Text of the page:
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Wake County, area colleges fight flu strains

Posted October 9, 2009
Updated October 12, 2009

— Wake County and area colleges are fighting both the H1N1 virus and the seasonal flu with new vaccines and old-fashioned methods of prevention.

h1n1 flu mist Wake County fights flu strains

Dr. Thomas Frieden, director of the federal Centers for Disease Control and Prevention, reviewed Wake County's efforts to give out 3,500 doses of H1N1 vaccine in the form of a nasal spray.

Frieden acknowledged worries that the H1N1 vaccine could lead to hospitalization or death in rare cases, but said it is safe as the normal flu vaccine.

"It needs to be taken seriously," he said. "This flu vaccine was made in exactly the same way, in the same factories, by the same companies, with the same technology and the same safeguards as the seasonal flu vaccine is."

By noon Friday, at least 650 people had gotten the vaccine at four free clinics in Wake County. Health officials said at that rate, the county will run out of the vaccine by early next week. Officials weren't certain when the next shipment will arrive.

Thomas Frieden CDC head inspects Wake's H1N1 vaccination effort

Hispanic families made up the majority of families visiting the clinics Friday. Hispanic media have been active in getting the word out to Spanish-speaking people in the area about the importance of getting vaccinated against H1N1.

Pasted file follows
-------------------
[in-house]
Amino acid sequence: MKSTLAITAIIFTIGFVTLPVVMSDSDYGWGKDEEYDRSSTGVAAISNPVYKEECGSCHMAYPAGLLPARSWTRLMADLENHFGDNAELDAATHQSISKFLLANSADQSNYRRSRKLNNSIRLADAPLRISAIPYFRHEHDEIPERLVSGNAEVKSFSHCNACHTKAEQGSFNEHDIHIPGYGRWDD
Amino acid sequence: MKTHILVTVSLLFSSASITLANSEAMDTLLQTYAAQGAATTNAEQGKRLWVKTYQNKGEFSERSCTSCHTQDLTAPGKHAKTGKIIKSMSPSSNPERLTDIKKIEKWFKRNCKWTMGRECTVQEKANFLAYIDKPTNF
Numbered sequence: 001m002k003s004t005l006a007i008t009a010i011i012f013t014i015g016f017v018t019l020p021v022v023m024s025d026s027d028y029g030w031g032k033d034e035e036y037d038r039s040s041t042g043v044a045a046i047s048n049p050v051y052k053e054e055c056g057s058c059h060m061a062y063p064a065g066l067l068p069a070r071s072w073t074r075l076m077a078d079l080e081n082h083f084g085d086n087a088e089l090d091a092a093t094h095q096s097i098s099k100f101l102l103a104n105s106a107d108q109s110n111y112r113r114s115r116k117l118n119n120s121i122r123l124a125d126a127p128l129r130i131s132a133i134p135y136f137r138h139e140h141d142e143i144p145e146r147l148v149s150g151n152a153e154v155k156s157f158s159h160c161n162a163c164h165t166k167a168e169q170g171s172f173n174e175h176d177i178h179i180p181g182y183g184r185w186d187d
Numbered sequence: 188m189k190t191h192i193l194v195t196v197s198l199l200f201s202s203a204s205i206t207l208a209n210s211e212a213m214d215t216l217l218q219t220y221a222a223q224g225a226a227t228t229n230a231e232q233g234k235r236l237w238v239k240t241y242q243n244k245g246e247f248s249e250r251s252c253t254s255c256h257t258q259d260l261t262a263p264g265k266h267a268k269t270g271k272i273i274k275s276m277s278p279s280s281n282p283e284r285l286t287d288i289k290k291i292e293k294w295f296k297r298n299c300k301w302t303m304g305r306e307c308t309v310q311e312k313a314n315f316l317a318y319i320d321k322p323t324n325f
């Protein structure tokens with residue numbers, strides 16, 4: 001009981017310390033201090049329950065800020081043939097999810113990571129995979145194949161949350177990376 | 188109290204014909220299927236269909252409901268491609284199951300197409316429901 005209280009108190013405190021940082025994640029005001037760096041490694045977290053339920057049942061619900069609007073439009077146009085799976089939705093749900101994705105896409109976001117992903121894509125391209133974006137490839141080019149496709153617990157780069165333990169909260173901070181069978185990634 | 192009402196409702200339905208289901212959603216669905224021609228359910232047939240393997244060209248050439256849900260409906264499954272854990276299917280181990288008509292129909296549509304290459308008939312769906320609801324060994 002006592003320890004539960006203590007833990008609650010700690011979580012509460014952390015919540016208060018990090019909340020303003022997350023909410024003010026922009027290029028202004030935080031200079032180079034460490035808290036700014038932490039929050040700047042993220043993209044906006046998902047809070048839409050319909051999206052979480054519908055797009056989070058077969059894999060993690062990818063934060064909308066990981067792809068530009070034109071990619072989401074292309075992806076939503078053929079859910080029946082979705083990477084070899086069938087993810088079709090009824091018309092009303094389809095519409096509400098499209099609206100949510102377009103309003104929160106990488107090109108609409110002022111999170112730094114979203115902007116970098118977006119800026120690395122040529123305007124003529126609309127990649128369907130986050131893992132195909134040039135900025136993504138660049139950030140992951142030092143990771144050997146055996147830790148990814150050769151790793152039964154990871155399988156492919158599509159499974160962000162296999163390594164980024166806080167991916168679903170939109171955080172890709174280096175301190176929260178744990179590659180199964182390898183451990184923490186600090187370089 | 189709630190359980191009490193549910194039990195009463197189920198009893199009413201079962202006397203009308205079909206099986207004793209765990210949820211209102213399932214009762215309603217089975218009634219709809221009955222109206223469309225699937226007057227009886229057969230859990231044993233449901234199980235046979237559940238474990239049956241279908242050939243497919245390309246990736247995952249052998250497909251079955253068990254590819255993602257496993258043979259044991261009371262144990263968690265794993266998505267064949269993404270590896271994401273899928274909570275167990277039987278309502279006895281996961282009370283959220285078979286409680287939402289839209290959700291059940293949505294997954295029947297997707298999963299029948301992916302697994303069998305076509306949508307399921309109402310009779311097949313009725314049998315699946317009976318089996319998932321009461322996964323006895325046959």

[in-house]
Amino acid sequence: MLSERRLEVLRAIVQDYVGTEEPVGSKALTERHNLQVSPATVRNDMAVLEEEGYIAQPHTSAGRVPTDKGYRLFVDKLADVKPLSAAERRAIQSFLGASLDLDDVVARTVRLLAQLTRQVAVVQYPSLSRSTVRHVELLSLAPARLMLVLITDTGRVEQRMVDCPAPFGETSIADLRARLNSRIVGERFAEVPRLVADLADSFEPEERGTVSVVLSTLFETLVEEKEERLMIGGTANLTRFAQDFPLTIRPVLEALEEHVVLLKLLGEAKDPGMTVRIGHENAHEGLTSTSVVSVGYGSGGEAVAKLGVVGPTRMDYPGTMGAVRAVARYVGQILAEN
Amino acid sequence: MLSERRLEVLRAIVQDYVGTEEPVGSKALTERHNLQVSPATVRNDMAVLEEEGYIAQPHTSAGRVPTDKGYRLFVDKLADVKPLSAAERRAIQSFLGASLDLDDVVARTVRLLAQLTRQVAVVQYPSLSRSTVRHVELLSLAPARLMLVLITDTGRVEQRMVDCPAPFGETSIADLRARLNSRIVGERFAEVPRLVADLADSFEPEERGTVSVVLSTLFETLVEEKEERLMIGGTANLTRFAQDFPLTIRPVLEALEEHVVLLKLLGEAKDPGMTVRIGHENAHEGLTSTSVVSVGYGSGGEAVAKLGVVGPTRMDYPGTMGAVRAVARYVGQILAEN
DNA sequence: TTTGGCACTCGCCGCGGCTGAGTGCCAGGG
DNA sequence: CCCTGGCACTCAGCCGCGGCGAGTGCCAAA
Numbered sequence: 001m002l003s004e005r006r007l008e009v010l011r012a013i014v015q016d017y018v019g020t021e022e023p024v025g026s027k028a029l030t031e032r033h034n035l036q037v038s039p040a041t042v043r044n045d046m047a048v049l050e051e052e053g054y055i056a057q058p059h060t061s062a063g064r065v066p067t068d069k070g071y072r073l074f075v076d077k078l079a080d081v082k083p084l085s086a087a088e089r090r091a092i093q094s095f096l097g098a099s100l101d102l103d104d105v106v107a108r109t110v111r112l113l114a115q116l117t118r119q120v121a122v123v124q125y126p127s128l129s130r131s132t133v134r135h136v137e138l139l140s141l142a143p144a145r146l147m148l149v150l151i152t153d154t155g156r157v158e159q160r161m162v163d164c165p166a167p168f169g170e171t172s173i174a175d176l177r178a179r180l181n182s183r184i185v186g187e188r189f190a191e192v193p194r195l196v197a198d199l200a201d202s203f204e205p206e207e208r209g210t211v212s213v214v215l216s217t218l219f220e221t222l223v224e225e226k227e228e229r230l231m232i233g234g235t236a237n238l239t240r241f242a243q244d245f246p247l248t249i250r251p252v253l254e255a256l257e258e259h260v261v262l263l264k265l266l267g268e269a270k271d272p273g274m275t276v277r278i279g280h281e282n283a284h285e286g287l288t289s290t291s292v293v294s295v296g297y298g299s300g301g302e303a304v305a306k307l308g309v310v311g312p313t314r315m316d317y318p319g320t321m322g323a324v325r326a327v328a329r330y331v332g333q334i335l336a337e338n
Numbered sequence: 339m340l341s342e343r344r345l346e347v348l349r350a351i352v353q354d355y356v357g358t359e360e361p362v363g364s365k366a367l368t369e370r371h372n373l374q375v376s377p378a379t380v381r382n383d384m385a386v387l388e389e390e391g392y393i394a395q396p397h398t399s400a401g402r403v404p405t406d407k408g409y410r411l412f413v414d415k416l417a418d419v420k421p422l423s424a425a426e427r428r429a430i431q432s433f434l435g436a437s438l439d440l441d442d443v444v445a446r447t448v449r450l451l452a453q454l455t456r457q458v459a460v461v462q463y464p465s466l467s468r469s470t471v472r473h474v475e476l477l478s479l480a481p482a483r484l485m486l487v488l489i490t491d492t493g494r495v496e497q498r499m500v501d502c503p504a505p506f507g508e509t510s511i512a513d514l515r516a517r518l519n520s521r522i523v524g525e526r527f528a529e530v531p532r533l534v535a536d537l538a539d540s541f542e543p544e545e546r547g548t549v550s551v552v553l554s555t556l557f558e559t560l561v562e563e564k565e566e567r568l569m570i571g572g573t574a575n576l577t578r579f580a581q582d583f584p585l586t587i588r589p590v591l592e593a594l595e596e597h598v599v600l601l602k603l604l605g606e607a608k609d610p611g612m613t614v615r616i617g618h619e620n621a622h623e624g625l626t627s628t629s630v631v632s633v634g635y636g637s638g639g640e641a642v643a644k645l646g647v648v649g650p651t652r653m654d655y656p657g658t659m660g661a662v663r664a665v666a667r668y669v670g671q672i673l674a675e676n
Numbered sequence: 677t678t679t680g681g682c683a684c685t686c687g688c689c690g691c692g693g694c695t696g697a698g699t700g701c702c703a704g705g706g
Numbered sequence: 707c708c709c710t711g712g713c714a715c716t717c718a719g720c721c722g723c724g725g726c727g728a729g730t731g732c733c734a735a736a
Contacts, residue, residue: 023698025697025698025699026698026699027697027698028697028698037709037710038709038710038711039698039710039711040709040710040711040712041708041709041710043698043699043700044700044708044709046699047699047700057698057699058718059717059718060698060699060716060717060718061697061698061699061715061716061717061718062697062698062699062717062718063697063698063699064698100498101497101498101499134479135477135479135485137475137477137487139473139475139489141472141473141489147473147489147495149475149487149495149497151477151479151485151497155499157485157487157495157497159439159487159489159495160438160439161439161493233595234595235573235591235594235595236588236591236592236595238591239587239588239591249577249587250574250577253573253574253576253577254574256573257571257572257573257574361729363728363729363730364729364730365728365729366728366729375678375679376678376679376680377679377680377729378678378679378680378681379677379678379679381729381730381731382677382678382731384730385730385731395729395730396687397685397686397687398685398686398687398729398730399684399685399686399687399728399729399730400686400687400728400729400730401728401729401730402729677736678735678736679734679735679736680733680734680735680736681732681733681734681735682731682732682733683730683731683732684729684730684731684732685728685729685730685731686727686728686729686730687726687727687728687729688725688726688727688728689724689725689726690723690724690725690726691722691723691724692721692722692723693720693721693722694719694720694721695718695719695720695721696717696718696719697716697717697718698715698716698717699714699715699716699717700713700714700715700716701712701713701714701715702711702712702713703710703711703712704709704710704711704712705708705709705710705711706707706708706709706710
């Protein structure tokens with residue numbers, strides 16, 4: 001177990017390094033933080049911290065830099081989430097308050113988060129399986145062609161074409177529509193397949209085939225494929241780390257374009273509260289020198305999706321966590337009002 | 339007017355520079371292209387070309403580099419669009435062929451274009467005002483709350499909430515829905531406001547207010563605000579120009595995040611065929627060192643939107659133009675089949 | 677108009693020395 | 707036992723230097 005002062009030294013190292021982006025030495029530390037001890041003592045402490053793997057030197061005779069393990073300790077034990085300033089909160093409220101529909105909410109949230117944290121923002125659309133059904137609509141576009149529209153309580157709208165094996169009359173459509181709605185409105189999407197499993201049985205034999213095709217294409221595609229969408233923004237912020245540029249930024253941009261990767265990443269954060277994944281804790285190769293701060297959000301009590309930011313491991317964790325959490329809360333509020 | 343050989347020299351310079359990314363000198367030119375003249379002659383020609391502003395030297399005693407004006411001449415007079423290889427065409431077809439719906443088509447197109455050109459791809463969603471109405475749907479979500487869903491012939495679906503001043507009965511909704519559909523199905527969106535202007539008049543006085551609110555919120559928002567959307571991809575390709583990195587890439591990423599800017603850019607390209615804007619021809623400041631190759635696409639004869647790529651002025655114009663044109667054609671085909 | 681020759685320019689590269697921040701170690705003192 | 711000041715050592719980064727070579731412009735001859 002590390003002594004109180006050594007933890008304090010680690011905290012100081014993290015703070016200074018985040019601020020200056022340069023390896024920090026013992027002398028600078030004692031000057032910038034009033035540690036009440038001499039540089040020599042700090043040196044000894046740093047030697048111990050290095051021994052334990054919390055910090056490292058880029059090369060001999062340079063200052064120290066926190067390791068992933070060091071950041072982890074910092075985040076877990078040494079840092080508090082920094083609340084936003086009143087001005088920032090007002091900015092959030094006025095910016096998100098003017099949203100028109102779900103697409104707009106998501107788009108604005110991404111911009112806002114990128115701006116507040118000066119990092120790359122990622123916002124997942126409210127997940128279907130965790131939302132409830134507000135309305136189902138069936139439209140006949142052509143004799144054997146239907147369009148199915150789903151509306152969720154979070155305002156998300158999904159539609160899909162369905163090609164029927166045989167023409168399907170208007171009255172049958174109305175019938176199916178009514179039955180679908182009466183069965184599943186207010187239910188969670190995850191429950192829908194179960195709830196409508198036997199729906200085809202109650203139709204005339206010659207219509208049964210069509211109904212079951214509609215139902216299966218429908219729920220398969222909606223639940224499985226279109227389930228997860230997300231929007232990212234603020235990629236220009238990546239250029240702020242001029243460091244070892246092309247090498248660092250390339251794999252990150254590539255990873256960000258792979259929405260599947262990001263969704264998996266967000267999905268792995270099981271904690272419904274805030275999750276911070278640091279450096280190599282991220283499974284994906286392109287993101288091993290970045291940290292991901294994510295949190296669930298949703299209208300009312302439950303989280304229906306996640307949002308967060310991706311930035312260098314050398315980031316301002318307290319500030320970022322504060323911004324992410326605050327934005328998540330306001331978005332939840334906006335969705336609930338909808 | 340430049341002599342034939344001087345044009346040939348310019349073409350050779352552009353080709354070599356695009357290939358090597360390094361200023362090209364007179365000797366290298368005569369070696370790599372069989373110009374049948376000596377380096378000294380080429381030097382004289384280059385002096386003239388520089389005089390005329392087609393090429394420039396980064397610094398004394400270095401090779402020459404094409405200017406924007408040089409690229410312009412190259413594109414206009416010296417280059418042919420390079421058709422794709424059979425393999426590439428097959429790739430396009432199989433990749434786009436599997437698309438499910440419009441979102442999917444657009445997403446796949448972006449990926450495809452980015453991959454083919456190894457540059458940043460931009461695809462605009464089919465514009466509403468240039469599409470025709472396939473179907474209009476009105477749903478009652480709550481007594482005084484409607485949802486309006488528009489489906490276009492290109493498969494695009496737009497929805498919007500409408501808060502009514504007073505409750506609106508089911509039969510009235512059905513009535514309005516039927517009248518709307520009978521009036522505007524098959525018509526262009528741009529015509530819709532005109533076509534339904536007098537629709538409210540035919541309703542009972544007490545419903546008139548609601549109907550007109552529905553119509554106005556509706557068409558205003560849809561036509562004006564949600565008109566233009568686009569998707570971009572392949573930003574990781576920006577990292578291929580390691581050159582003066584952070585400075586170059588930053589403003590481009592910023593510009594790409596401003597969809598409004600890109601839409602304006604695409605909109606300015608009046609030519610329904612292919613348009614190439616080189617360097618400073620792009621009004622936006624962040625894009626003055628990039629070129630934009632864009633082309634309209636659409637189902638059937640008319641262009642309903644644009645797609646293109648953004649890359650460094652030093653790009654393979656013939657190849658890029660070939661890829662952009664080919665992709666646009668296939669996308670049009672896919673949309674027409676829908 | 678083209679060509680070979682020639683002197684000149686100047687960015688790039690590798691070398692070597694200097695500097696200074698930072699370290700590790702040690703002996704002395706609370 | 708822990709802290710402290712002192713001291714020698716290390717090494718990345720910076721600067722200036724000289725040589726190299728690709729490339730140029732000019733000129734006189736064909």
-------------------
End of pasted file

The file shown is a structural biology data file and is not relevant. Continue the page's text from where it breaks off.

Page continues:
Officials said no one segment of the population is at greater risk of infection from the virus.

College health clinics have access to the vaccine for seasonal flu but not H1N1. Meanwhile, students seem to be catching both viruses, college health officials said.

This semester, 550 students at Duke University, 989 at the University of North Carolina at Chapel Hill, and over 900 at North Carolina State University have reported flu-like symptoms.

"It's very unusual for us to be seeing this kind of volume this time of year," said Dr. Beth Neel, a staff physician at N.C. State.

In the first week of class, N.C. State's health center saw 23 students with flu-like symptoms, presumably from the H1N1 virus, Neel said. The weekly number of new flu cases quickly jumped into the triple digits. One week alone saw 217 new patients.

Fortunately, Neel said, most cases haven't been severe.

"Generally, folks are having the flu and getting over it," she said.

N.C. State has put up posters urging students to use proper hygiene habits and to skip class and avoid others if they feel sick. Hand sanitizer is ubiquitous throughout campus.

The university has held vaccination two clinics for the seasonal flu vaccine. Officials weren't sure when an expected shipment of the H1N1 vaccine would arrive.

Nationally, 100,000 doses of a shot form of the H1N1 vaccine will be available next week, as well as more of the nasal mist. Children ages 9 and younger require two doses of the vaccine, while older children need only one.

Frieden urged everyone to be proactive about the flu.

"In the U.S., we've had millions of cases of H1N1, and before the season is over, we'll have millions more," he said. "Up till now, the virus has cooperated ... and the vaccine is almost a perfect match."

Vaccine distribution